All those weird exercises we do that put us off balance have enabled me to completely take this one for granted. And it’s been pricelessly useful. When walking upstairs, especially in the first few days when lifting my leg was like a turtle in slow motion, I could easily stand on one leg for ages. The hospital physio was amazed how stable I was on one leg without holding on to anything – until I told her I do pilates. I can stand on one leg and dry my feet, or put on my trousers. This has been a huuuuuge help.

So often we forget how much pilates is doing for us until we stop doing it. In this case though, I am so thankful for all the benefits of it for pre-op preparation and post-op recovery. So keep it up! We never know when the benefits of our pilates will be a strong foundation for the things that life throws at us.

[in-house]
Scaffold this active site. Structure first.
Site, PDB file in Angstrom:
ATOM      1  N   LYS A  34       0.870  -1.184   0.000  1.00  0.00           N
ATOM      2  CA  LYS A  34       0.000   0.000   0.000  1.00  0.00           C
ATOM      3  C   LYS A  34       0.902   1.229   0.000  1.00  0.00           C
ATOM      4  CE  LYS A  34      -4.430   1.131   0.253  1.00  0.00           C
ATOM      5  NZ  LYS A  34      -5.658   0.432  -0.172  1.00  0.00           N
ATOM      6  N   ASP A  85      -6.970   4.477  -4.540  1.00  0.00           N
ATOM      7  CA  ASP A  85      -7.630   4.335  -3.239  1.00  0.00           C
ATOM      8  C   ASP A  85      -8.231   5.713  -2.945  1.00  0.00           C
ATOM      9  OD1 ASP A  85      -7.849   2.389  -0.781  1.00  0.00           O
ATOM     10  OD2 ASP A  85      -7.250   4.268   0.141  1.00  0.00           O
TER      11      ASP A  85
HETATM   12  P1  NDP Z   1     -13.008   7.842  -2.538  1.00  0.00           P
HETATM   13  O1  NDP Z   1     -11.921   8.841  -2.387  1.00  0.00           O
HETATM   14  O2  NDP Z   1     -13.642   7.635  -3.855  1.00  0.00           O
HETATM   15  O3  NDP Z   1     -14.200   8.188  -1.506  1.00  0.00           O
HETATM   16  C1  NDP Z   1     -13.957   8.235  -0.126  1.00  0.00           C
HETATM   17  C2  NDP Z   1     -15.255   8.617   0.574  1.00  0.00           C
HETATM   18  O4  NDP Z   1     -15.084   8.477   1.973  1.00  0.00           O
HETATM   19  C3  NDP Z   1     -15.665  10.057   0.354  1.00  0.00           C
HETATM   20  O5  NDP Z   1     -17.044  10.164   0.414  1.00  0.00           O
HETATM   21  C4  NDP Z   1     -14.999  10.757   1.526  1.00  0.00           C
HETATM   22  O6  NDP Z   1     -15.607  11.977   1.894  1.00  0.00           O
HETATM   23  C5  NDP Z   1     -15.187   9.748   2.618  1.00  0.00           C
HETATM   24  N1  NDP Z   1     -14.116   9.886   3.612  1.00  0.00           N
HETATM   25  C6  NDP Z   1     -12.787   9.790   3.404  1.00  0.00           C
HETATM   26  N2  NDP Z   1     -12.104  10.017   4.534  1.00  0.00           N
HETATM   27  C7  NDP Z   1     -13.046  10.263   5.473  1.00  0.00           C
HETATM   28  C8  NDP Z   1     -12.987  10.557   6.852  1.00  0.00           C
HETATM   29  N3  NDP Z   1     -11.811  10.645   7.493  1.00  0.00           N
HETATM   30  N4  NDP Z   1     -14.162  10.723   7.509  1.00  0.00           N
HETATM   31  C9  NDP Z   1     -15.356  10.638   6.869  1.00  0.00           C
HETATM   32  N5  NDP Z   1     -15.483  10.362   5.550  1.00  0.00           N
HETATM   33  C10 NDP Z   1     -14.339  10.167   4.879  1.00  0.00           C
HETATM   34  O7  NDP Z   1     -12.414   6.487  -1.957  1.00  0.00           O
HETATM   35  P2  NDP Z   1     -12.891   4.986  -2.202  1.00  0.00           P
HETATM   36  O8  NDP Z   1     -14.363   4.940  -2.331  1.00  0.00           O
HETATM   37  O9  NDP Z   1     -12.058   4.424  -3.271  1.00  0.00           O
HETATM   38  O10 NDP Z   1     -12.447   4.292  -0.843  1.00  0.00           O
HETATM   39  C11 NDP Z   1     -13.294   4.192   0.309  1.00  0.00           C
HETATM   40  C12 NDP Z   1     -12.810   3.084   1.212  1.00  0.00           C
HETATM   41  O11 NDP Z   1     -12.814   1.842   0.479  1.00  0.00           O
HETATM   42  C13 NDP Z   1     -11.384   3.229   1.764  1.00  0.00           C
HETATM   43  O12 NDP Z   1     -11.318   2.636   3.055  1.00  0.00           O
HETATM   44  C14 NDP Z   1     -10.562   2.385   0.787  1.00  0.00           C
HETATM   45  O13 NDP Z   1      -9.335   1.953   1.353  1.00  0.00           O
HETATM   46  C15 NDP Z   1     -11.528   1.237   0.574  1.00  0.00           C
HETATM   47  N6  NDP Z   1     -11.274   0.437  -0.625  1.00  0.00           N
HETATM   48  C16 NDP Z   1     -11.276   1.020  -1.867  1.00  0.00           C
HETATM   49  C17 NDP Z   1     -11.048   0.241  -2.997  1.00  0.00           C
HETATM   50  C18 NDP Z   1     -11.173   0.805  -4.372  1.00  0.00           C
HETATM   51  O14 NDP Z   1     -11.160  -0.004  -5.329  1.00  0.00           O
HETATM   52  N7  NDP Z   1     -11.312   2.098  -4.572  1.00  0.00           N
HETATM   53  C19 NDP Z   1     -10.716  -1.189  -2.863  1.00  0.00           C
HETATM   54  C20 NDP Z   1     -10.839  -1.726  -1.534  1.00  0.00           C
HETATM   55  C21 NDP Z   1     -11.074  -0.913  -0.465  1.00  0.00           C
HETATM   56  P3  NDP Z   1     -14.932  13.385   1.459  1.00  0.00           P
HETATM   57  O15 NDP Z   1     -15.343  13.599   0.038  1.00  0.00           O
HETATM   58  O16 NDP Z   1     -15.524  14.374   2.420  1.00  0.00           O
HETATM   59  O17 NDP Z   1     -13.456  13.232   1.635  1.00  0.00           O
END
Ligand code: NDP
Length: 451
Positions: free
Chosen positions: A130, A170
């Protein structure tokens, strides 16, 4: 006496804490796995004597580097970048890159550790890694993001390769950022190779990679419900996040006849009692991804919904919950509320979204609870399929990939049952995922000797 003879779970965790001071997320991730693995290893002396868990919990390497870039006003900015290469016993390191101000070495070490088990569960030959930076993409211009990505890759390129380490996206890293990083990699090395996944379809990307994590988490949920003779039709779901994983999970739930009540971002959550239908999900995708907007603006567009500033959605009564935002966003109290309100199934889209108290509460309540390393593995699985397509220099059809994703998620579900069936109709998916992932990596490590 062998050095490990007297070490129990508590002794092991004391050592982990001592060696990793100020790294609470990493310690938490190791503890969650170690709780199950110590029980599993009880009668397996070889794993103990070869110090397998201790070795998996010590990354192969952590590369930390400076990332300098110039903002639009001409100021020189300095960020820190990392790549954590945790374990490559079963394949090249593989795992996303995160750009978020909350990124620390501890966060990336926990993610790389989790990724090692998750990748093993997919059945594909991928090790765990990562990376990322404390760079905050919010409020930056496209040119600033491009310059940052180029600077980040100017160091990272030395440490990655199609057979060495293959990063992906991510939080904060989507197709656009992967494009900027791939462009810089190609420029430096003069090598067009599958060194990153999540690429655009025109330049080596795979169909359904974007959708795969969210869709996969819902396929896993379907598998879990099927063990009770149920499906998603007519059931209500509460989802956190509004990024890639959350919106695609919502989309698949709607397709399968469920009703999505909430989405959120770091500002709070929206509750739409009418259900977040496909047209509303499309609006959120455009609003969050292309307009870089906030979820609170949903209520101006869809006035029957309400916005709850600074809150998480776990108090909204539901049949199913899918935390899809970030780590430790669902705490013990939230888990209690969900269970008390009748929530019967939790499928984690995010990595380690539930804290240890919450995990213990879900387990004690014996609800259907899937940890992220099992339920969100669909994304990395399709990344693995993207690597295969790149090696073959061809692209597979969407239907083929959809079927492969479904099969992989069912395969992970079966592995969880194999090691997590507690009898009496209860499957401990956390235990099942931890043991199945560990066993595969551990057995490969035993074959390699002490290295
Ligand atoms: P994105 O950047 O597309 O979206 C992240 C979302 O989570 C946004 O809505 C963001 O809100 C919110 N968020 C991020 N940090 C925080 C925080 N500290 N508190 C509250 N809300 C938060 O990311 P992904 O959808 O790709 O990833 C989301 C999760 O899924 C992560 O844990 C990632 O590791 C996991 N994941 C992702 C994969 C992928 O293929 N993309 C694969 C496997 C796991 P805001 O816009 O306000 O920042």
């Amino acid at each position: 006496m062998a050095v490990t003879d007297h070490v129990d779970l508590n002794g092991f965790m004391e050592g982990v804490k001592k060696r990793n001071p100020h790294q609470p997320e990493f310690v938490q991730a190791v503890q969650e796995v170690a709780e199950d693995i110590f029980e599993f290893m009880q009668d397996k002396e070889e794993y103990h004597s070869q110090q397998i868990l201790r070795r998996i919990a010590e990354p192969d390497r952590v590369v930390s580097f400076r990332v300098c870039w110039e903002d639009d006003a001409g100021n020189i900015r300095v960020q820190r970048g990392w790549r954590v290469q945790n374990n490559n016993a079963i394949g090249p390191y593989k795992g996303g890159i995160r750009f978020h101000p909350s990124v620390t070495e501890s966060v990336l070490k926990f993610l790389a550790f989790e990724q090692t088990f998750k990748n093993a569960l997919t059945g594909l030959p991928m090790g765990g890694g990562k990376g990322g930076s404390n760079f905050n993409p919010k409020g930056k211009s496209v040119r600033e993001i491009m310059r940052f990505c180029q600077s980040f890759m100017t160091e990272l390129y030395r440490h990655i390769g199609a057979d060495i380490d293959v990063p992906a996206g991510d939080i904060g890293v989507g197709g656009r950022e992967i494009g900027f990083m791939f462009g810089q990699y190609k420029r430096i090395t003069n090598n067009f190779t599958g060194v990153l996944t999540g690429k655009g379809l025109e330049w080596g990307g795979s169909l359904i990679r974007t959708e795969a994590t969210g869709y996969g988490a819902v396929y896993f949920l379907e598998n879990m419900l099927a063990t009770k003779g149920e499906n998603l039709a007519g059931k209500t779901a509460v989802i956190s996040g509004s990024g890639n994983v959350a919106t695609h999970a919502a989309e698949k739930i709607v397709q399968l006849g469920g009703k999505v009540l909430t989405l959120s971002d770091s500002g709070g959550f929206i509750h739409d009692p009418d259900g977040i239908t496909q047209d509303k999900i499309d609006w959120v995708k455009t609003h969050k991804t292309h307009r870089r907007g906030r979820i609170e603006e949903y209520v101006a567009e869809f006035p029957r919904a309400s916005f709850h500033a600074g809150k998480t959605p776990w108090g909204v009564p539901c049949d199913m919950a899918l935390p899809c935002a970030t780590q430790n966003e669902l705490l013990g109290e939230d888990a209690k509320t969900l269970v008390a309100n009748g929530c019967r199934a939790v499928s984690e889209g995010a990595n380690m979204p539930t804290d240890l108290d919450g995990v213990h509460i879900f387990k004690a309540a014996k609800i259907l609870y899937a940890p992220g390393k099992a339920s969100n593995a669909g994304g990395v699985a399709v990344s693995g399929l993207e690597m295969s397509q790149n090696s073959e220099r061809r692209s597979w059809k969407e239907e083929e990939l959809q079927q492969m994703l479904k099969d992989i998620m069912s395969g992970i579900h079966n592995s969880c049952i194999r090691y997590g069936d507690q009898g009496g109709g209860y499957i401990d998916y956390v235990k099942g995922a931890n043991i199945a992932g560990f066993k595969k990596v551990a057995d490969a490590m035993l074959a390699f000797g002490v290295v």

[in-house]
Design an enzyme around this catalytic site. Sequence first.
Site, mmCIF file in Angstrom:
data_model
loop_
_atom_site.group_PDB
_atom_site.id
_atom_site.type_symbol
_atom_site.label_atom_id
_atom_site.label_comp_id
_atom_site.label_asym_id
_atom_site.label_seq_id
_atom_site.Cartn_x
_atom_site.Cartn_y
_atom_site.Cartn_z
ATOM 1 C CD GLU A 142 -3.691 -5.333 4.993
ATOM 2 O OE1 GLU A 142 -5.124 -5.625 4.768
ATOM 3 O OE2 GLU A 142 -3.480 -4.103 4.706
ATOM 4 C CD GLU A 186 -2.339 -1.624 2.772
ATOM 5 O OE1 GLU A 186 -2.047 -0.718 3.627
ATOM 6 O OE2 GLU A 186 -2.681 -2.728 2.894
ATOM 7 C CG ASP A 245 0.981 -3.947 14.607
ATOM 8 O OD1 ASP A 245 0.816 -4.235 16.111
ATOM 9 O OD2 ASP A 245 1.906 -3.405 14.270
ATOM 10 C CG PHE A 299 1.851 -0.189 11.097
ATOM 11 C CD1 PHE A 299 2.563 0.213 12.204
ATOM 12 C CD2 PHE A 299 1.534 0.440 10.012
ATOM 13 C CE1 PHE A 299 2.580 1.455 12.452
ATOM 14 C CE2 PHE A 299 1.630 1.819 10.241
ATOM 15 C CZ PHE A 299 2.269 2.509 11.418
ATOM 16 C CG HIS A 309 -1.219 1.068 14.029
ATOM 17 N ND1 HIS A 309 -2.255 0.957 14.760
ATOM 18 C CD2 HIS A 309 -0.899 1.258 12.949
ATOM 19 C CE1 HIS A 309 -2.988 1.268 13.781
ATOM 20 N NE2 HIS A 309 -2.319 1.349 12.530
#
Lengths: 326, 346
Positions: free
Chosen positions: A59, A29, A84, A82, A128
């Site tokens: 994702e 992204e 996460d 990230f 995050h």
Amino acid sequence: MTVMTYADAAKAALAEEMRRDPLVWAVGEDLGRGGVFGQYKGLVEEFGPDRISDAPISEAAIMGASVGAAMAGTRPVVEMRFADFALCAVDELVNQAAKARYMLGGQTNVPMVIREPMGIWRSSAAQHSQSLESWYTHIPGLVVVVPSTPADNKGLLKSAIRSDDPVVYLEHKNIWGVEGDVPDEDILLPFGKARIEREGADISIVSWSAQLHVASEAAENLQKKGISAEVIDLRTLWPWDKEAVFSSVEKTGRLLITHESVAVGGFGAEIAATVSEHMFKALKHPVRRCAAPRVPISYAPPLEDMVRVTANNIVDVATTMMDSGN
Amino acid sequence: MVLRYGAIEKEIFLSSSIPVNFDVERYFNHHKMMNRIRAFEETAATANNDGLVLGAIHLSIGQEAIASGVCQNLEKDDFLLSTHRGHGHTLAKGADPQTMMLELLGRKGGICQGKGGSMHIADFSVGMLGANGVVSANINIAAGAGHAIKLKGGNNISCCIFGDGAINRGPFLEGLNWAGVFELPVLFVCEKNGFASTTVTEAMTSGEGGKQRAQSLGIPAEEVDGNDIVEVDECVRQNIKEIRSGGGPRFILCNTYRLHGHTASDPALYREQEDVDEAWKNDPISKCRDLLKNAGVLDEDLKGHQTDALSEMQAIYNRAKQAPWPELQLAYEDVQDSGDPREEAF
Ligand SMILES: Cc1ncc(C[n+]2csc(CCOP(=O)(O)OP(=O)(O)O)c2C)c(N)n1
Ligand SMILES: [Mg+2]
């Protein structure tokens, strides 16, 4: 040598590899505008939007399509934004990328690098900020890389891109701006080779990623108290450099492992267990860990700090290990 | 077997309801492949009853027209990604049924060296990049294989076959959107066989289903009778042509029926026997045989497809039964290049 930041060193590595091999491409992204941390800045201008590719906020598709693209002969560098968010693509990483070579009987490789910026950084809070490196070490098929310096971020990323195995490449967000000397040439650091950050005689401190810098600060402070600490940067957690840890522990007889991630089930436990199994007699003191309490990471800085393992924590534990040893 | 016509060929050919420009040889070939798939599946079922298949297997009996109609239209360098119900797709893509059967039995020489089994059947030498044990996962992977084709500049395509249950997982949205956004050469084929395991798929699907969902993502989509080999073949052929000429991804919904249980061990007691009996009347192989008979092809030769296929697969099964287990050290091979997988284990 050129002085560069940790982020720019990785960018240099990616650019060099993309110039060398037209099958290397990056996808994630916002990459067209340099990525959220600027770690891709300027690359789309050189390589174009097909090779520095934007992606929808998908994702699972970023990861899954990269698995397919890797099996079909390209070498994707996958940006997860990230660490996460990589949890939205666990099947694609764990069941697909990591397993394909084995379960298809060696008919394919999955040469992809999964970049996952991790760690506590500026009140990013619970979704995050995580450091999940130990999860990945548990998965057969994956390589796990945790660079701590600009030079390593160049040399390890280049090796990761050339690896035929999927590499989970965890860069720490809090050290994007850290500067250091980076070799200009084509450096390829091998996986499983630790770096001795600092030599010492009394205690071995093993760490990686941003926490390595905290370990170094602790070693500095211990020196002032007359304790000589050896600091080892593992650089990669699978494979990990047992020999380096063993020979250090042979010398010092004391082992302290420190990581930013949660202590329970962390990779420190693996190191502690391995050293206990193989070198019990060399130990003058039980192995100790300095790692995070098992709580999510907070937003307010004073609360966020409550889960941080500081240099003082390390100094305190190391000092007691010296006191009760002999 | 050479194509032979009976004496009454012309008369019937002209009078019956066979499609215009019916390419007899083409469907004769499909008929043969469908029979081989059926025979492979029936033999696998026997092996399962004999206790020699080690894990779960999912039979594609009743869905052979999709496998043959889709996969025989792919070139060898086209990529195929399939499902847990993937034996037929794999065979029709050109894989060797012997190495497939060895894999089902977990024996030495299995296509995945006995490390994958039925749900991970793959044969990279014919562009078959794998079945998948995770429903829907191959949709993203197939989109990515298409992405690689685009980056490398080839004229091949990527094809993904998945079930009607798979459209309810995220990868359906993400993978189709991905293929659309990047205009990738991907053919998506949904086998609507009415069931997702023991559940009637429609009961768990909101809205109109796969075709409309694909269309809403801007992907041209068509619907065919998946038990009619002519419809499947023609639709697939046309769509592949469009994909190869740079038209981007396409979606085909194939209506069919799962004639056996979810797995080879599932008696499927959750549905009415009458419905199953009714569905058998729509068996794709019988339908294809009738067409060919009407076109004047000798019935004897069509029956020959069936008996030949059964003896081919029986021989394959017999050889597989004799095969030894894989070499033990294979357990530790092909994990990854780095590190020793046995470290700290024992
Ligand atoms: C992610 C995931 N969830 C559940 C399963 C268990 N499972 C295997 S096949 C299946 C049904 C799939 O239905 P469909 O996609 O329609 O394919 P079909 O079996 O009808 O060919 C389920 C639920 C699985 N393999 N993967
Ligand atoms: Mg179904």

How to Have a Stress Free Christmas Break

Christmas can be a very stressful time of year. So let us help keep you calm! We want you to be able to relax and enjoy yourself.

Plan Ahead

Make a list! Try to prioritise the items on your list: can they be done now, and are they essential? Do not over estimate how much you can achieve on ChristmasEve and Christmas Day. Delegate the responsibility for certain tasks to other family members since this will reduce your workload. Keep your list for next year; it’ll need tweaking and updating but will give you reminders of the sorts of things you need to think about.

Shop Online